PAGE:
Macau Business | November 2022
By José I. Duarte | Economist, Macau Business Senior Analyst
For a long time, Macau’s financial reserve mirrored the confidence and achievements of the local economy. Its total amount rose steadily for many years, underpinning public finances whose health seemed impregnable. The pot increasingly looked inexhaustible if ever its usage would be needed. Even amid a good part of the COVID years, the total amount kept rising, reaching its peak by mid-2021.
The weather has changed noticeably, though, and the reserve has been under pressure lately. There were occasional dips into the red in the past, but the overall trend was unquestionably skywards. Not so anymore—or so the latest figures indicate.
At the beginning of the year, the total reserve was five percent below its highest recorded value. Since then, the losses sustained have bred concerns in some social quarters, occasionally tinted with some sense of alarm. There may be reasons for genuine concern, but if there is to be one, the debate must be set out in an appropriate context.
First, while there is no question that the reserve funds must be used under criteria of both efficiency and fairness, their usage is not to be reproached. Reserves are created to be used when conditions are adverse – and there is no question the current crisis fits the “rainy days” metaphor used in their constitution.
Secondly, the recourse to those funds must always be a palliative measure. It alleviates the pain but does not treat the underlying causes. Unless we expect the patient to die and give up all hope, the absolute priority must still be to deal with the sources of the illness or dysfunction. One cannot abandon or even deviate from that objective, to be achieved at the earliest, just because the pain was momentarily lessened.
Thirdly, the size of the reserve accumulated through the golden years provides an extensive financial buffer. So big it is possibly beyond the ability of anyone to deplete at short notice. Its amount far exceeds what would reasonably be adequate for this type of fund. The existing reserve could sustain the current budget level for six years without any additional income. If anything, the concern here should be that the depth of the cushion may breed complacency and lead some to underestimate the urgency of the matter.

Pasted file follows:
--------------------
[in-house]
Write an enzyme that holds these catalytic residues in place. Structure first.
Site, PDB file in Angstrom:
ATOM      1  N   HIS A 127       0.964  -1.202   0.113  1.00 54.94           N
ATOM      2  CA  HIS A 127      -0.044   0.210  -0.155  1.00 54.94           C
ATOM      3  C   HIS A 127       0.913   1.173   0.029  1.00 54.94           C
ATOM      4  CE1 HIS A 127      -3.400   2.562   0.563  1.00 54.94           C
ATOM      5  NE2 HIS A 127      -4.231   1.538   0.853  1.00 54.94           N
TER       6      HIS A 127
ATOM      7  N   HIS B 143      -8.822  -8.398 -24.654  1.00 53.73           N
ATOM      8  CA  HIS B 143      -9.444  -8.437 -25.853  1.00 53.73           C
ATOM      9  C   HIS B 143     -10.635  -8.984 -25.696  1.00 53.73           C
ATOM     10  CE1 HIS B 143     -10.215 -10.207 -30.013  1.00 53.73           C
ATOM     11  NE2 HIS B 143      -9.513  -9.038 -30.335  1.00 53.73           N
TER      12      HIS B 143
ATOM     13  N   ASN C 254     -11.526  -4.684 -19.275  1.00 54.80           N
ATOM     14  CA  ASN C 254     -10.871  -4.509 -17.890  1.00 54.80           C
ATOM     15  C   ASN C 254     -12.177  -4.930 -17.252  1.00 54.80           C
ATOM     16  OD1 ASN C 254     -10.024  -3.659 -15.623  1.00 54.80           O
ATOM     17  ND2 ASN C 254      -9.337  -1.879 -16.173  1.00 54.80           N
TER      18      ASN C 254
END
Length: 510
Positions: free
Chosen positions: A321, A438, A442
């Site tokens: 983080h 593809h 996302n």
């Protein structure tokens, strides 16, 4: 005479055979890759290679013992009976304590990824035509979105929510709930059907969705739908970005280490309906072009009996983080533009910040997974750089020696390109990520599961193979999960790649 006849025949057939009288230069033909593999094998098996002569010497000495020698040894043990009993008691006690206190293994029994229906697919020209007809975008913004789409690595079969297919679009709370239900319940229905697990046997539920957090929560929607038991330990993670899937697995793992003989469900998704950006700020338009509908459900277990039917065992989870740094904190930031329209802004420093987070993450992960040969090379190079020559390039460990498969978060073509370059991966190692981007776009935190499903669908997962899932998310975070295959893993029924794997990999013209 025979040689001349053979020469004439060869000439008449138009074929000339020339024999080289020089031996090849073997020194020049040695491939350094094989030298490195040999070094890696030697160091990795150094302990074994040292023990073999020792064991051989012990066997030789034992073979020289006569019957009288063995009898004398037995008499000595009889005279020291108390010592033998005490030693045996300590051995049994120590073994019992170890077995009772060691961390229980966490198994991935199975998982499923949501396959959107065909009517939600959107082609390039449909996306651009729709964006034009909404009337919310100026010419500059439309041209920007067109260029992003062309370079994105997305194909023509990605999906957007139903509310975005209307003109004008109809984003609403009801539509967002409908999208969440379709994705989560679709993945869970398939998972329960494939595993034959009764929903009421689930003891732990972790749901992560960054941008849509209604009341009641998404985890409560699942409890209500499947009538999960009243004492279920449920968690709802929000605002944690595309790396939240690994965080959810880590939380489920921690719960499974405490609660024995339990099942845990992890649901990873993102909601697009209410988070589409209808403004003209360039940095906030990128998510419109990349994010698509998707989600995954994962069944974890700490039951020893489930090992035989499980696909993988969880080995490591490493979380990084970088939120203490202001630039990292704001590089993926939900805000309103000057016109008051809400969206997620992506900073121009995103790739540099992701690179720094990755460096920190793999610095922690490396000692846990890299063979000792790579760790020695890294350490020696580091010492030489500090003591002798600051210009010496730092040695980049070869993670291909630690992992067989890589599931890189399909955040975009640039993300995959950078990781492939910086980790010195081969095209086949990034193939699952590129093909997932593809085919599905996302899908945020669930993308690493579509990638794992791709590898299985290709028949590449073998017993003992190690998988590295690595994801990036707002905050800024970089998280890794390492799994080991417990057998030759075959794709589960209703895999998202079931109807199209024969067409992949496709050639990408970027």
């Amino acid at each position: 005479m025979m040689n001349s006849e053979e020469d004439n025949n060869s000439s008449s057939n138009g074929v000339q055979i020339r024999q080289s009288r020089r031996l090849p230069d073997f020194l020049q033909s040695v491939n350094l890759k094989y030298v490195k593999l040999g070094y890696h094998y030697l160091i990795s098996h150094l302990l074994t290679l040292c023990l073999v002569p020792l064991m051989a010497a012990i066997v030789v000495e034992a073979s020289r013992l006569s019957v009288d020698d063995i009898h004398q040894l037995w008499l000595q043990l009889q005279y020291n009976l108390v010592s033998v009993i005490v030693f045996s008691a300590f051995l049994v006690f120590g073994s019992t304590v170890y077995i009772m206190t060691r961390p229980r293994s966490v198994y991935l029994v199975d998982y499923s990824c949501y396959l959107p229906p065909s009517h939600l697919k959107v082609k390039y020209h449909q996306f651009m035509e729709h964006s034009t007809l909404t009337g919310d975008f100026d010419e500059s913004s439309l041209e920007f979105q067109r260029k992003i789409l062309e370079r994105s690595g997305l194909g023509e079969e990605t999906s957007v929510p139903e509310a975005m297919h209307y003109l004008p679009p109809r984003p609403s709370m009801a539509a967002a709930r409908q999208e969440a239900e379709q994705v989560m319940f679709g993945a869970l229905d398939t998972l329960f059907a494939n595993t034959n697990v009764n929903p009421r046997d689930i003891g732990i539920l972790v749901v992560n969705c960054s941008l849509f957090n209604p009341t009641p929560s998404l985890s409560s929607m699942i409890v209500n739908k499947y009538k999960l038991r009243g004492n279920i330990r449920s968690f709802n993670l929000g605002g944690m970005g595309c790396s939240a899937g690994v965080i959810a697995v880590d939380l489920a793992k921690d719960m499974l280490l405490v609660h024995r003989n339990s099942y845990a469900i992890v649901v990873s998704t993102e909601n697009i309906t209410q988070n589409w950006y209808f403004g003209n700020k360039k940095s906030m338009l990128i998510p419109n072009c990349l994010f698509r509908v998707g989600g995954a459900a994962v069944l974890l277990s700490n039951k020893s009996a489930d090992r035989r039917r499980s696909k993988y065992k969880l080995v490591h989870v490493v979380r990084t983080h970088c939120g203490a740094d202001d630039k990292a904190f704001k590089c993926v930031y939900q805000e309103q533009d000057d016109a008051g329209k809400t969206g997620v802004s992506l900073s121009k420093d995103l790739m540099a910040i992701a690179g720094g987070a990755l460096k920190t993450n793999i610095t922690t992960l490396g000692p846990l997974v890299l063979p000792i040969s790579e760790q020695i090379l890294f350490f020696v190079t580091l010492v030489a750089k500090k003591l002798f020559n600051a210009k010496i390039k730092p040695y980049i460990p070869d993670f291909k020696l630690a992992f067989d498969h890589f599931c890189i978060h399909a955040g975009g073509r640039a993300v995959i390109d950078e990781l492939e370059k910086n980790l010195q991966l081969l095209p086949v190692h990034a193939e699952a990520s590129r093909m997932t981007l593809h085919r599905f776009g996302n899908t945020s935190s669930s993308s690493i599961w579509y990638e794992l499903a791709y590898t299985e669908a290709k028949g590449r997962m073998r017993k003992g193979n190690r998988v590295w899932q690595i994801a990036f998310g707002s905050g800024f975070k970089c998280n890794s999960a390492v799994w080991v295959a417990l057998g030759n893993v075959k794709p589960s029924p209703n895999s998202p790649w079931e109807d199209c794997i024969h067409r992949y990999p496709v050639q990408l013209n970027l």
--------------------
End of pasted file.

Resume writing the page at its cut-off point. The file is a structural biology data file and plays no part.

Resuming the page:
In such a context, the available figures for the public finances’ execution, in the current year, up to the third quarter, bring forward some sobering thoughts.
By the end of the third quarter, the actual income received from the gambling concessions – the primary source of public revenue and the stepping stone of the local economy – stood just above 15 billion patacas. That represented less than half the total amount initially forecasted and was just one-fifth of the amount recorded in the last ‘normal’ year, 2019. Further, it was still 30 to 40 per cent below the figures for the same period in the two previous ‘crisis’ years.
Indirect taxes, another gauge for economic activity, including commerce and tourism-related businesses, stood below expectations at about half the figure in 2019. Again, also well below the figures for 2020 and 2021.
Public expenditure, however, rose compared to 2019. That is the case of staff expenditure (somewhat surprisingly, up by 7 per cent in this critical period) and public investment. The latter’s cumulative value stood at about 10 billion in September, almost seventy percent above the figure for 2019. But this public “compensation” weight on the overall economic fabric is limited.
These figures suggest we are not getting out of the hole, as many expected; as a few feared, it seems we are digging deeper into it.